What are Whitman's views on nature? How does he express them in "Song of Myself"?

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amy-lepore eNotes educator| Certified Educator

I celebrate myself, and sing myself,
And what I assume you shall assume,
For every atom belonging to me as good belongs to you.

I loafe and invite my soul,
I lean and loafe at my ease observing a spear of summer grass.

My tongue, every atom of my blood, form'd from this soil, this air,
Born here of parents born here from parents the same, and their
parents the same,
I, now thirty-seven years old in perfect health begin,
Hoping to cease not till death.

Creeds and schools in abeyance,
Retiring back a while sufficed at what they are, but never forgotten,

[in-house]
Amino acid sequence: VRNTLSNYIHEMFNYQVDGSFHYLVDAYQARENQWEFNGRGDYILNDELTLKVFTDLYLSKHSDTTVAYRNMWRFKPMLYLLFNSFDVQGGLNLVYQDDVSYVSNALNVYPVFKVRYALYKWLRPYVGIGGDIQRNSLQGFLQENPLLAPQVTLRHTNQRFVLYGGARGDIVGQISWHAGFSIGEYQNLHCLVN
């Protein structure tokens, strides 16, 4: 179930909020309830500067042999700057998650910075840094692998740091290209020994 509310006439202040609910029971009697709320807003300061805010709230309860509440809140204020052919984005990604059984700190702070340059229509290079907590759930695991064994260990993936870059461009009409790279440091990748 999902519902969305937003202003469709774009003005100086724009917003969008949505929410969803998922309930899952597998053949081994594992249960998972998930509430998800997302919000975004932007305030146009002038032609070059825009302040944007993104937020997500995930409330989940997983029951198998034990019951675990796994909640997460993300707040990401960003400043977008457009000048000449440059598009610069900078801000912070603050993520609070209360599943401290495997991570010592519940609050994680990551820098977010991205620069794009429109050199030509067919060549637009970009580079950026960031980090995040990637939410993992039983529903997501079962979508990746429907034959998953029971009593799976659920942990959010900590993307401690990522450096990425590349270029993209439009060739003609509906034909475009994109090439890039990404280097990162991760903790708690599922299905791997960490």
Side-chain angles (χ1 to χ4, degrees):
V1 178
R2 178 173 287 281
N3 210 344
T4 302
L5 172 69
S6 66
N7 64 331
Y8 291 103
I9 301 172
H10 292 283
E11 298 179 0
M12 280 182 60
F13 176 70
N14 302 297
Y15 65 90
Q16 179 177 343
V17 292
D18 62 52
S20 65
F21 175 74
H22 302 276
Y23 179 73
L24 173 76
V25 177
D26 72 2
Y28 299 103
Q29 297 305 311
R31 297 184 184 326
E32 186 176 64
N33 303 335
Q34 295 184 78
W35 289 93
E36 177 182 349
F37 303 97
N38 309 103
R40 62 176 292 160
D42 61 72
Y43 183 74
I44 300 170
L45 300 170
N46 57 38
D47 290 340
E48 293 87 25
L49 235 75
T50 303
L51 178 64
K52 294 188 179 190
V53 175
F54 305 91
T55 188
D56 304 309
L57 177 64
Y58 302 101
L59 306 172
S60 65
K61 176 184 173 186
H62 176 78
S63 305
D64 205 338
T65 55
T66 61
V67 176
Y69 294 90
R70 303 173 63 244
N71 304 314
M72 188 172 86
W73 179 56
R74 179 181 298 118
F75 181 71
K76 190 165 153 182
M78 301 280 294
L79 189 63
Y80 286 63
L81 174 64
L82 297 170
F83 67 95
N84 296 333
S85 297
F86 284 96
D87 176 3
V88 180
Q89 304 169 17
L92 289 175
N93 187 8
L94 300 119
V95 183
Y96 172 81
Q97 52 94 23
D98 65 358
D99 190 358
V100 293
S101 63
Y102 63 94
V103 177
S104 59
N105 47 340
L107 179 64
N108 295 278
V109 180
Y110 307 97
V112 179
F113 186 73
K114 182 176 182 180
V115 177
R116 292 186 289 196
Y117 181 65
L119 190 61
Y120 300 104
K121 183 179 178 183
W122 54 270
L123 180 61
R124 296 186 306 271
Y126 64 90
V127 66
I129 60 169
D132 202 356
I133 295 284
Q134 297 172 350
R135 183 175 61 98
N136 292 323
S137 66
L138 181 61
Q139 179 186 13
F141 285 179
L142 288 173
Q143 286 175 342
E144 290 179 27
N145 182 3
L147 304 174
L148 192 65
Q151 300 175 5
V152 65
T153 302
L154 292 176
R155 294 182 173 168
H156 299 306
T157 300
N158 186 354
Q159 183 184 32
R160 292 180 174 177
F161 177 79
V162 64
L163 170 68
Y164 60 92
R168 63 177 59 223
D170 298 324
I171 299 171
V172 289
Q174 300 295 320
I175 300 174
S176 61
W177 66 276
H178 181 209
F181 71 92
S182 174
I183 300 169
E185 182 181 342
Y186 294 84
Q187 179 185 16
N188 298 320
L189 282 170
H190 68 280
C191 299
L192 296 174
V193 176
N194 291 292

I harbor for good or bad, I permit to speak at every hazard,
Nature without check with original energy.

Just from the first stanza of "Song of Myself" the reader can see that Whitman loves nature and loves being in nature.  In fact, he considers every creature (that's you and me) part of nature--all atoms intertwined and all part of the bigger picture.  Anything that interconnected is energizing, revitalizing, and serves to jazz you up on a daily basis. 

Whitman belongs to the group of poets who suscribe to the idea that no matter how poorly you're feeling or how bad your day has been, just take a walk in the cleansing air and enjoy nature in its element.  After that, you can't possibly continue to be down and depressed...the energy of nature will uplift you like a pep rally for your soul. 

Read the study guide:
Leaves of Grass

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